“The same as the Duke’s; the same as poor dear Castlereagh’s. Nothing more unjust than the affected belief that there was any difference between them — a ruse of the Whigs to foster discord in our ranks. And as for domestic affairs, no one is stouter against Parliamentary Reform, while he is for the Church and no surrender, though he may make a harmless speech now and then, as many of us do, in favour of the Catholic claims.”

“Well, we will not now pursue this old controversy, my dear Ferrars, particularly if it be true, as you say, that Mr. Canning now lies upon his deathbed.”

“If! I tell you at this very moment it may be all over.”

“I am shaken to my very centre.”

“It is doubtless a great blow to you,” rejoined Mr. Ferrars, “and I wish to alleviate it. That is why I was looking for you. The King will, of course, send for the Duke, but I can tell you there will be a disposition to draw back our friends that left us, at least the younger ones of promise. If you are awake, there is no reason why you should not retain your office.”

“I am not so sure the King will send for the Duke.”

“It is certain.”

“Well,” said his companion musingly, “it may be fancy, but I cannot resist the feeling that this country, and the world generally, are on the eve of a great change — and I do not think the Duke is the man for the epoch.”

“I see no reason why there should be any great change; certainly not in this country,” said Mr. Ferrars. “Here we have changed everything that was required. Peel has settled the criminal law, and Huskisson the currency, and though I am prepared myself still further to reduce the duties on foreign imports, no one can deny that on this subject the Government is in advance of public opinion.”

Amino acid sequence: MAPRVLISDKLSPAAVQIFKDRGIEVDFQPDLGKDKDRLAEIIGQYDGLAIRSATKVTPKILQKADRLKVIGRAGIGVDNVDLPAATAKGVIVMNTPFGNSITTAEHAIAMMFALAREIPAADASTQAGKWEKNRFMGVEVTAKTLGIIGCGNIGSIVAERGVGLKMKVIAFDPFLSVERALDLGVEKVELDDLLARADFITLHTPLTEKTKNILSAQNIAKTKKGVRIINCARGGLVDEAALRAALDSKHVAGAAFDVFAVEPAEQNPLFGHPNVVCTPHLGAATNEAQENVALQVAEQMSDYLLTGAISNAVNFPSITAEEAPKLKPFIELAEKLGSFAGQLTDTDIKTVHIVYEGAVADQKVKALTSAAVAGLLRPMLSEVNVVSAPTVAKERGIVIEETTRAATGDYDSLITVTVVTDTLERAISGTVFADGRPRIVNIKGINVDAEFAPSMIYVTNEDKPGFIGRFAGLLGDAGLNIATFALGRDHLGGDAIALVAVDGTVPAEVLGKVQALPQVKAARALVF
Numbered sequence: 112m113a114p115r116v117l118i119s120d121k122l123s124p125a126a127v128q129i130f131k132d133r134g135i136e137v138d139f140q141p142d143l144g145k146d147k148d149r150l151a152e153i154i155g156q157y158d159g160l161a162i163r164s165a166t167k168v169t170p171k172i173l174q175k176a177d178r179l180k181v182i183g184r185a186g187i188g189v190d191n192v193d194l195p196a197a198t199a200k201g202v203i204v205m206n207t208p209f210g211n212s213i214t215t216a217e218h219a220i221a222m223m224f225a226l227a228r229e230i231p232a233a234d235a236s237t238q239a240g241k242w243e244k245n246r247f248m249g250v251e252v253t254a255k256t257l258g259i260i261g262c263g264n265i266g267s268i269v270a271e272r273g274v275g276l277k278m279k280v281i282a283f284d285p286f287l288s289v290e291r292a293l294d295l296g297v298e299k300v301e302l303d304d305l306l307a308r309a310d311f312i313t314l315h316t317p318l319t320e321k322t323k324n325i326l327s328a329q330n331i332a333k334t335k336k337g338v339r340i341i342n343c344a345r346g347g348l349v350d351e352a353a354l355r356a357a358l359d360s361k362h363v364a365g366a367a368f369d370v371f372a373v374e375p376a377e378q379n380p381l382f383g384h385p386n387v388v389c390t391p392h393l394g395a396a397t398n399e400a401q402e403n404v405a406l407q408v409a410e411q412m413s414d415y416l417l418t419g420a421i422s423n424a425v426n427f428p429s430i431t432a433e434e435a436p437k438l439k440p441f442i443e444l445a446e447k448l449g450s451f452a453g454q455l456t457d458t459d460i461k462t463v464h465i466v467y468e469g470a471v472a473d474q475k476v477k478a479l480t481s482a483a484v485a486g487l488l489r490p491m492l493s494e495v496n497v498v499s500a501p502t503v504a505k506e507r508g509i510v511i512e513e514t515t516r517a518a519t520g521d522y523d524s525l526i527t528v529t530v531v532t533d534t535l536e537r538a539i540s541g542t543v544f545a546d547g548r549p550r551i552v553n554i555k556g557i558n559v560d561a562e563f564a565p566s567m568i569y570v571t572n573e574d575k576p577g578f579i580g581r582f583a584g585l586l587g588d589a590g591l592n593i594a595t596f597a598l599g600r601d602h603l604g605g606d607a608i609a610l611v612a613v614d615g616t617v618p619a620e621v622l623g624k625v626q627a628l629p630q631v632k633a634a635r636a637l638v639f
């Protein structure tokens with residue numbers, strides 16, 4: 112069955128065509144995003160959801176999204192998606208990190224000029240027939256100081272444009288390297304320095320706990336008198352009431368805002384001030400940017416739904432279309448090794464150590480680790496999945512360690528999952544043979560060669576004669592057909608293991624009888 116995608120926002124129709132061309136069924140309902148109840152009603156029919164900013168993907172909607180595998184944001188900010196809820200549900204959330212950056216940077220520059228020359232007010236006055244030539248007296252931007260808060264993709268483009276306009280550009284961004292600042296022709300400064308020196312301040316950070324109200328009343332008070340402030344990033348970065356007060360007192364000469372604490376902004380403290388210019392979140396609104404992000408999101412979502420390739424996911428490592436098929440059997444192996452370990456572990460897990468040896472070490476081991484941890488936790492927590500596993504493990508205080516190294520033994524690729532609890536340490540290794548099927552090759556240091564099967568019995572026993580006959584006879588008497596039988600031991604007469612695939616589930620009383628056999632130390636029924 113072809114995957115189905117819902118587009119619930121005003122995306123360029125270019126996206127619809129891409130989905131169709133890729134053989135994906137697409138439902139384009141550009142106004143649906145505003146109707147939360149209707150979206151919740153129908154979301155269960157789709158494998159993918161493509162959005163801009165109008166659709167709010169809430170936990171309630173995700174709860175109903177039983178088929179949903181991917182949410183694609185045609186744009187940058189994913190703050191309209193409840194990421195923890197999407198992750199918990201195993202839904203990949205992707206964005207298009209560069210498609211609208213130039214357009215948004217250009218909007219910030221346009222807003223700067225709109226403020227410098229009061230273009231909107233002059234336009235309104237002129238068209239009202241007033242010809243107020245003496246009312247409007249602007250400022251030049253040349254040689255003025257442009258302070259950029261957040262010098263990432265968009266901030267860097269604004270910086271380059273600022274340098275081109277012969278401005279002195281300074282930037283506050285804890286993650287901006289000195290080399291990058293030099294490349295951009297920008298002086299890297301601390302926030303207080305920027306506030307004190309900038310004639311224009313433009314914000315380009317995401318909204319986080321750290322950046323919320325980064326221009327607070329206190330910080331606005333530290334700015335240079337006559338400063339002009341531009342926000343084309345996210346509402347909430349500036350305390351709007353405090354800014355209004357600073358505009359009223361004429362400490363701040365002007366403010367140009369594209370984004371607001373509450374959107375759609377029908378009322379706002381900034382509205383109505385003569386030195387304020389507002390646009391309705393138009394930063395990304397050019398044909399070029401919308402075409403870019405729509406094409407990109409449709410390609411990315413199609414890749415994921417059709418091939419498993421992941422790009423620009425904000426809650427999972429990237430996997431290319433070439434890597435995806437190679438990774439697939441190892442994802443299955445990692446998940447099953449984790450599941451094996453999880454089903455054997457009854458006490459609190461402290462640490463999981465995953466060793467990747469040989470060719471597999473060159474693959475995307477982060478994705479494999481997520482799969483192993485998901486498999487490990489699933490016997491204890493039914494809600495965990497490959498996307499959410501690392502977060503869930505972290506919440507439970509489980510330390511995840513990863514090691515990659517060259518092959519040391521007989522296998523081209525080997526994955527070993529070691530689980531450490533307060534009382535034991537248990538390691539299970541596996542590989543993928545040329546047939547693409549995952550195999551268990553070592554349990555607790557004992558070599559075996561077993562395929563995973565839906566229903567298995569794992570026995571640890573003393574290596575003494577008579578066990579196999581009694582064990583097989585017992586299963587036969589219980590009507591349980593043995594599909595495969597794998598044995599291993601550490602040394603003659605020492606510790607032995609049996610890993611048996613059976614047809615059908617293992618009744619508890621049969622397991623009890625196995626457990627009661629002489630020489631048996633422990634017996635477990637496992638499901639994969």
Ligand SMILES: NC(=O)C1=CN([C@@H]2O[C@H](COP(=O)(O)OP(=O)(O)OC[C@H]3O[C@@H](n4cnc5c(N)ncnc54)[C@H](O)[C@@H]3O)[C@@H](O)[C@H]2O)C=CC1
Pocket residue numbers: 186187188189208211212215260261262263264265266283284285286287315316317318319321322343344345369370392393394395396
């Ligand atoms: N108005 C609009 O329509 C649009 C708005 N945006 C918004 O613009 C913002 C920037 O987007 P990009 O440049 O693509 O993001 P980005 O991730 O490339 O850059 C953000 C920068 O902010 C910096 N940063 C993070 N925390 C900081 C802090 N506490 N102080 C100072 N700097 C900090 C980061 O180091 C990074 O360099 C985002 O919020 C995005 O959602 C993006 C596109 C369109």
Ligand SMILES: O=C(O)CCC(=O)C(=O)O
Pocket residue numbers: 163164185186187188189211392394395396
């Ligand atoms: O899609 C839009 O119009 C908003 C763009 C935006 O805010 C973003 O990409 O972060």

“The whole affair rests on too contracted a basis,” said his companion. “We are habituated to its exclusiveness, and, no doubt, custom in England is a power; but let some event suddenly occur which makes a nation feel or think, and the whole thing might vanish like a dream.”

“What can happen? Such affairs as the Luddites do not occur twice in a century, and as for Spafields riots, they are impossible now with Peel’s new police. The country is employed and prosperous, and were it not so, the landed interest would always keep things straight.”

“It is powerful, and has been powerful for a long time; but there are other interests besides the landed interest now.”

“Well, there is the colonial interest, and the shipping interest,” said Mr. Ferrars, “and both of them thoroughly with us.”

“I was not thinking of them,” said his companion. “It is the increase of population, and of a population not employed in the cultivation of the soil, and all the consequences of such circumstances that were passing over my mind.”

“Don’t you be too doctrinaire, my dear Sidney; you and I are practical men. We must deal with the existing, the urgent; and there is nothing more pressing at this moment than the formation of a new government. What I want is to see you as a member of it.”

“Ah!” said his companion with a sigh, “do you really think it so near as that?”

“Why, what have we been talking of all this time, my dear Sidney? Clear your head of all doubt, and, if possible, of all regrets; we must deal with the facts, and we must deal with them tomorrow.”

“I still think he had a mission,” said Sidney with a sigh, “if it were only to bring hope to a people.”

“Well, I do not see he could have done anything more,” said Mr. Ferrars, “nor do I believe his government would have lasted during the session. However, I must now say good-night, for I must look in at the Square. Think well of what I have said, and let me hear from you as soon as you can.”

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Last updated Friday, March 7, 2014 at 15:19